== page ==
Viet Nam News
HÀ NỘI -- A drugstore opening using a rented pharmacist’s degree has become common in HCM City, and the authorities remain clueless about how to tackle the problem.
In a contract obtained by Tuổi trẻ (Youth) newspaper between a 60-year-old man called K and a 47-year-old pharmacist named T, an agreement was made to rent T’s pharmacist degree issued by the HCM City University of Medicine and Pharmacy to open a drugstore on Tân Hòa Đông Street in District 6 on March 1, 2011. K had to pay T VNĐ5 million (US$220) a month over the first year of the contract, and the amount would increase by VNĐ500,000 on a yearly basis until March 1, 2016.
That meant T would earn a total of VNĐ360 million over a five-year period just by renting out her pharmacist degree.
The law requiring drugstores to be registered under the name of legitimate pharmacists has indirectly led to a booming degree rental market.
A number of pharmacists aware of the issue told Tuổi trẻ that the average rental price now ranges from VNĐ5 million to VNĐ10 million a month based on the location of the prospective drugstore and the popularity of the pharmacists involved. A well-known pharmacist, and even better if they are working at a health management agency, could command a much better price. Penalties for such violations remain lenient and do little to deter the practice.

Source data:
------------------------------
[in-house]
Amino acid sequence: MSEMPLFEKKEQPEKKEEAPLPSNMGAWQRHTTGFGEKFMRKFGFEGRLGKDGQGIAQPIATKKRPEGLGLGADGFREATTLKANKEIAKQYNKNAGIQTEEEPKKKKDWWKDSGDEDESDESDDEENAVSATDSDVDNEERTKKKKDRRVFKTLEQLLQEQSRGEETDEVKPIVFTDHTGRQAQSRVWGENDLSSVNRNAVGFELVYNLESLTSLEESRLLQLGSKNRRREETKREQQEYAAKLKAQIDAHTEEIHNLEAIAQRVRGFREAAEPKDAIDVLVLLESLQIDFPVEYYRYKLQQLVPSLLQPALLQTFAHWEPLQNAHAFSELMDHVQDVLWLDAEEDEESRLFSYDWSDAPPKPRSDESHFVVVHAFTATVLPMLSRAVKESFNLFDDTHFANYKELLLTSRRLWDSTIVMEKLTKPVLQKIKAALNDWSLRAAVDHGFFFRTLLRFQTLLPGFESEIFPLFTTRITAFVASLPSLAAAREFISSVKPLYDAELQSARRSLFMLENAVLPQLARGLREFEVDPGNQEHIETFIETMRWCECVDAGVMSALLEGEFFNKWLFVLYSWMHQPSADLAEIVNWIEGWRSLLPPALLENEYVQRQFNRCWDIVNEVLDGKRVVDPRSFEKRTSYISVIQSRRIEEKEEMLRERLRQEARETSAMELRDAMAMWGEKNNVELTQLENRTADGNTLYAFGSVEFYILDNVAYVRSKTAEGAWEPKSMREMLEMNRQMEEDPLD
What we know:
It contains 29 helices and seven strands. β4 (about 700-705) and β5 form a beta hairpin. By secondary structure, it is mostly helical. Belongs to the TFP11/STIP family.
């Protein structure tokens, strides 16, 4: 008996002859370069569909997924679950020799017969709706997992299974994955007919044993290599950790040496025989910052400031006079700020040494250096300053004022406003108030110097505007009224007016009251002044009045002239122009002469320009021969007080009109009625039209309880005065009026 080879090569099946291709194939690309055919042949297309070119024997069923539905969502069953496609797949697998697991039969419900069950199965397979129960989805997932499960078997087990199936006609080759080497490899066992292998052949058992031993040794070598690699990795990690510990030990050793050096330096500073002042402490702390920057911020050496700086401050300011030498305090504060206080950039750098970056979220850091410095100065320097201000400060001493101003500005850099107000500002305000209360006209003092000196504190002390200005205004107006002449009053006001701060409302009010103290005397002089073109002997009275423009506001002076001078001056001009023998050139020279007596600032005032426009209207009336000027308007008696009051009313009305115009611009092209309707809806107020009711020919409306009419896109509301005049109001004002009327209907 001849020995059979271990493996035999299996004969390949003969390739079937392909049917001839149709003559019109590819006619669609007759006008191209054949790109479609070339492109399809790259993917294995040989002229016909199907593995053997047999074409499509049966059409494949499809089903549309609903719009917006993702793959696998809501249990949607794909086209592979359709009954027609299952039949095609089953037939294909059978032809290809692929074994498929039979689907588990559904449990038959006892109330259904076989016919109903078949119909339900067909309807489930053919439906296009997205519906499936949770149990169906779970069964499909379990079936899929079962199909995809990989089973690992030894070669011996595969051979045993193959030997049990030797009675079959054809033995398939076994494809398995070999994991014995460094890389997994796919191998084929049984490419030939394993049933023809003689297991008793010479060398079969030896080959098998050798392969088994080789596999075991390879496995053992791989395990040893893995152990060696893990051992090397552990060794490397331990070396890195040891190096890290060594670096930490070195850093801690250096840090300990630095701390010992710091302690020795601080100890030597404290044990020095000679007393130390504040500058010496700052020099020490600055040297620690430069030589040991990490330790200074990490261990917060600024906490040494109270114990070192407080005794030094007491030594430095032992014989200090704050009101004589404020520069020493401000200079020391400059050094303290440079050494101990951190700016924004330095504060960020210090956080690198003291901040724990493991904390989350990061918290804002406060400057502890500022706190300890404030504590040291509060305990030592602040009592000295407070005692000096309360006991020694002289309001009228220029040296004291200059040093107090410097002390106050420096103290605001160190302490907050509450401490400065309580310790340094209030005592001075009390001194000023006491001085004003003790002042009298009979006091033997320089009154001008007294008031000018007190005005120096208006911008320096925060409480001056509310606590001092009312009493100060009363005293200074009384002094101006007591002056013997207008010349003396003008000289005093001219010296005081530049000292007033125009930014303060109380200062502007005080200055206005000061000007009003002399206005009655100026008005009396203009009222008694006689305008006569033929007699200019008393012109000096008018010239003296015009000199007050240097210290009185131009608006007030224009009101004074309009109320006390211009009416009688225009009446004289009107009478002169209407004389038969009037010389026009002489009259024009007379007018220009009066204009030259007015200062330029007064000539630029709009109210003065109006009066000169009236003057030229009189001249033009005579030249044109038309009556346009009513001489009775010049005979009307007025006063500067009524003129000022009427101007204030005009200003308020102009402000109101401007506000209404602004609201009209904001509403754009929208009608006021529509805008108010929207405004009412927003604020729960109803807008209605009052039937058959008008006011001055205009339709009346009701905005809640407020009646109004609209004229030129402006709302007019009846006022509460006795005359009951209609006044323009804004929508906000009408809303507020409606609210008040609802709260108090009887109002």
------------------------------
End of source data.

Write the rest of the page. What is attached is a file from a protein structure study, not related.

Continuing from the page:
The problem has become so rampant that it is very easy to find posts on the internet asking to rent pharmacist degrees, in which personal information like names, phone numbers and email addresses are all on public display.
HCM City Department of Health Chief Inspector Bùi Minh Trạng blamed the situation on a loophole in the Law on Medicine, which allows pharmacists to use their names to open drugstores anywhere.
"This makes no sense, as a pharmacist based in Hà Nội can legally open a drugstore in HCM City," he said.
The law does not force a pharmacist to be present at his drugstore at all times, and he could ask another pharmacist to take care of the drugstore. Many took advantage of the loophole, leading to the booming black market.
Regarding the public posts on the internet, Trang said that the inspectors were aware of the situation, yet could not do anything about it.
"We can only handle the violation when the drugstore’s operation licence has already been granted and the inspectors manage to prove that a rented degree has been used in the case," he said.
HCM City Department of Health Deputy Director Phạm Khánh Phong Lan acknowledged the problem of rented degrees in HCM City, which had become "very serious when a number of pharmacists could not resist the temptation of earning a living from renting their degrees."
Lan said that a lack of regulations on opening drugstores was the cause of the problem.
"Pharmacies are all around hospitals in HCM City while there are only a few in remote areas like Cần Giờ District," she said. "HCM City has more than 5,000 pharmacies for 10 million citizens, or more than one pharmacy per 2,000 citizens. It is too many."
The health department was stepping up efforts to inspect drugstores, which would then face higher fines if the pharmacist in charge was found to be absent on two occasions. Yet even these measures were far from enough, she admitted. -- VNS